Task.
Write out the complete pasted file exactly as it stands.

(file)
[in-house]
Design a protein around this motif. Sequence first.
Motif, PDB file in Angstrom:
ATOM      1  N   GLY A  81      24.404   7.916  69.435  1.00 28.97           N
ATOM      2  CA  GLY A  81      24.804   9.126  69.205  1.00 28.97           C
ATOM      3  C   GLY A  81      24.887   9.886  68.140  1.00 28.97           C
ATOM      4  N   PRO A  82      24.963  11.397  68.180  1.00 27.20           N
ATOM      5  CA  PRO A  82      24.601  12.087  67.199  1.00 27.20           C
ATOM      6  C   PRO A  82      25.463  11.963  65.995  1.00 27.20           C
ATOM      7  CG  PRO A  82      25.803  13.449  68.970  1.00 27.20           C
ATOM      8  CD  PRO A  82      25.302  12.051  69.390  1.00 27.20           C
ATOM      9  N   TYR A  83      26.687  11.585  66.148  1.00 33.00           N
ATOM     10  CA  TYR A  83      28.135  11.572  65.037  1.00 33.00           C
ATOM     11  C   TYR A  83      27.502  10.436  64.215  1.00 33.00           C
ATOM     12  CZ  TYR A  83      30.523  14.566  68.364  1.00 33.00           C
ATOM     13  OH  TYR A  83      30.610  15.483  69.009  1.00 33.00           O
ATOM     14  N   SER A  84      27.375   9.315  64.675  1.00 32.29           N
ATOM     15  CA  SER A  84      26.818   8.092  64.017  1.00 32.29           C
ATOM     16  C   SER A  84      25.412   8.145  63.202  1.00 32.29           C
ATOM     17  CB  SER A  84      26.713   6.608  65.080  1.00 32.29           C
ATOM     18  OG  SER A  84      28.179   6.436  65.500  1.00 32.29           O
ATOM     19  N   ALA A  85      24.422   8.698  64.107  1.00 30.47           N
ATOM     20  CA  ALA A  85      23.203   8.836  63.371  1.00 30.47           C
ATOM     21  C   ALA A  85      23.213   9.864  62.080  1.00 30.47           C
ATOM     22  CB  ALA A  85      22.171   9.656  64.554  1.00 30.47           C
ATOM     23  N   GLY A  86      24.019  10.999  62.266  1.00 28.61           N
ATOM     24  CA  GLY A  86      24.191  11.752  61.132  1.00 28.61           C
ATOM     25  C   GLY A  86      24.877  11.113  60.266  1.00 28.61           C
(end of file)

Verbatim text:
[in-house]
Design a protein around this motif. Sequence first.
Motif, PDB file in Angstrom:
ATOM      1  N   GLY A  81      24.404   7.916  69.435  1.00 28.97           N
ATOM      2  CA  GLY A  81      24.804   9.126  69.205  1.00 28.97           C
ATOM      3  C   GLY A  81      24.887   9.886  68.140  1.00 28.97           C
ATOM      4  N   PRO A  82      24.963  11.397  68.180  1.00 27.20           N
ATOM      5  CA  PRO A  82      24.601  12.087  67.199  1.00 27.20           C
ATOM      6  C   PRO A  82      25.463  11.963  65.995  1.00 27.20           C
ATOM      7  CG  PRO A  82      25.803  13.449  68.970  1.00 27.20           C
ATOM      8  CD  PRO A  82      25.302  12.051  69.390  1.00 27.20           C
ATOM      9  N   TYR A  83      26.687  11.585  66.148  1.00 33.00           N
ATOM     10  CA  TYR A  83      28.135  11.572  65.037  1.00 33.00           C
ATOM     11  C   TYR A  83      27.502  10.436  64.215  1.00 33.00           C
ATOM     12  CZ  TYR A  83      30.523  14.566  68.364  1.00 33.00           C
ATOM     13  OH  TYR A  83      30.610  15.483  69.009  1.00 33.00           O
ATOM     14  N   SER A  84      27.375   9.315  64.675  1.00 32.29           N
ATOM     15  CA  SER A  84      26.818   8.092  64.017  1.00 32.29           C
ATOM     16  C   SER A  84      25.412   8.145  63.202  1.00 32.29           C
ATOM     17  CB  SER A  84      26.713   6.608  65.080  1.00 32.29           C
ATOM     18  OG  SER A  84      28.179   6.436  65.500  1.00 32.29           O
ATOM     19  N   ALA A  85      24.422   8.698  64.107  1.00 30.47           N
ATOM     20  CA  ALA A  85      23.203   8.836  63.371  1.00 30.47           C
ATOM     21  C   ALA A  85      23.213   9.864  62.080  1.00 30.47           C
ATOM     22  CB  ALA A  85      22.171   9.656  64.554  1.00 30.47           C
ATOM     23  N   GLY A  86      24.019  10.999  62.266  1.00 28.61           N
ATOM     24  CA  GLY A  86      24.191  11.752  61.132  1.00 28.61           C
ATOM     25  C   GLY A  86      24.877  11.113  60.266  1.00 28.61           C